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Africa: The Latest Architecture and News

Why LEED Doesn’t Work in Rural Africa and What Will

13:18 - 20 May, 2013
Learning Center embellished with thousands of bottle caps; Courtesy of Charles Newman of Afritekt
Learning Center embellished with thousands of bottle caps; Courtesy of Charles Newman of Afritekt

Originally published on Intercon, Ohioan and Africa-based architect Charles Newman, LEED AP discusses the pitfalls of LEED in rural Africa. Newman, who is currently working for the International Rescue Committee in Bukavu, Democratic Republic of Congo, is dedicated to the integration of sustainability in communities worldwide. Learn more about his work and travels on his blog Afritekt.

While in a small southern town of the Democratic Republic of Congo in mid-2012, a colleague of mine approached me for some guidance on a large health proposal he was putting together. A portion of the grant would be earmarked for the construction of hundreds of clinics across the DR Congo, and he mentioned that the donor would be very interested in “green” building standards. Knowing that I was a LEED Accredited Professional, he began asking how we might be able to incorporate such building standards into the designs for the pending projects. I rattled off some general guidelines such as using local materials – recycled ones if available, incorporating existing infrastructure, natural ventilation, etc. He jotted down a few notes, then began to pry a little deeper. “What about the LEED point system? Could we incorporate that into our strategy?”

My response was frank: “No, not really. LEED doesn’t work here in rural Africa.”

How to Re-Invent the African Mud Hut

00:00 - 2 November, 2012
How to Re-Invent the African Mud Hut, Courtesy of Nka Foundation
Courtesy of Nka Foundation

It’s not often that a project requires you to bulk up on your haggling skills.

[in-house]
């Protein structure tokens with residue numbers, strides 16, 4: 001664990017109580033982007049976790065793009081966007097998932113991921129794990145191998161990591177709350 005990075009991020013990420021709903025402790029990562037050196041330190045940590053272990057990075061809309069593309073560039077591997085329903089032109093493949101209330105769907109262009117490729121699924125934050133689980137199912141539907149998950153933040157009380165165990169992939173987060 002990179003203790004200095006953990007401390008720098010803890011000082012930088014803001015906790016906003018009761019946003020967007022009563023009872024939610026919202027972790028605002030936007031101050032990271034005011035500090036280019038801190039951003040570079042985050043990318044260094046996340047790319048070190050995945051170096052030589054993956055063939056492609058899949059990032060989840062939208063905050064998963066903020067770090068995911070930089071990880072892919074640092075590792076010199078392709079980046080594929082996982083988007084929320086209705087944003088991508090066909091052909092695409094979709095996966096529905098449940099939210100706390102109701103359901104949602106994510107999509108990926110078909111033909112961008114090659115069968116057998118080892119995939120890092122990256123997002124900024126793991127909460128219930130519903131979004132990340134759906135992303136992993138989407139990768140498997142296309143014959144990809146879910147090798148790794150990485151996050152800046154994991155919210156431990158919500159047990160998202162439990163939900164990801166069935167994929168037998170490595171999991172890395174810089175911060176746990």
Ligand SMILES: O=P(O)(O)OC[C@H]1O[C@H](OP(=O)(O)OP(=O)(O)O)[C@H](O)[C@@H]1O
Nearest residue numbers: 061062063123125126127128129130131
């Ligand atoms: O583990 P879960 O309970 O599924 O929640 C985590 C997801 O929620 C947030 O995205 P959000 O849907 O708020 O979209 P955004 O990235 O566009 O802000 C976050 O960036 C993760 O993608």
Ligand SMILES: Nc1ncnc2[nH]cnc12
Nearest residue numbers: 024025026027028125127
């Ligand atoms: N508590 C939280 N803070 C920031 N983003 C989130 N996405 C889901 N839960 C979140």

Then again, it’s not often that a project requires you to re-invent the African Mud Hut either. But that was exactly the task presented to Karolina and Wayne Switzer, participants of the Nka Foundation’s “10x10 Shelter Challenge” to design and build a 10 by 10 feet shelter deep in the heart of Ghana.

The pair, who just completed their project this month, were dependent upon the local community to make the shelter a reality, and had to learn early on how to communicate with the locals - not just to negotiate prices for materials and labor, but to overcome the local stigma associated with mud architecture (usually only used by the very poor). 

The result was a contemporary, durable shelter built with a construction method inspired by local tradition: the pounding of the fufu root, a diet staple for the community, which uncannily paralleled the pounding of fresh soil into the forms. Hence the local’s name for the structure: “Obruni fufu” (white man’s fufu). 

If you’re interested in getting involved in the 10x10 Challenge (open to students and graduates of design, architecture, art, or engineering, until October 2013), check out the Nka Foundation’s website, www.nkafoundation.org, or email at info@nkafoundation.org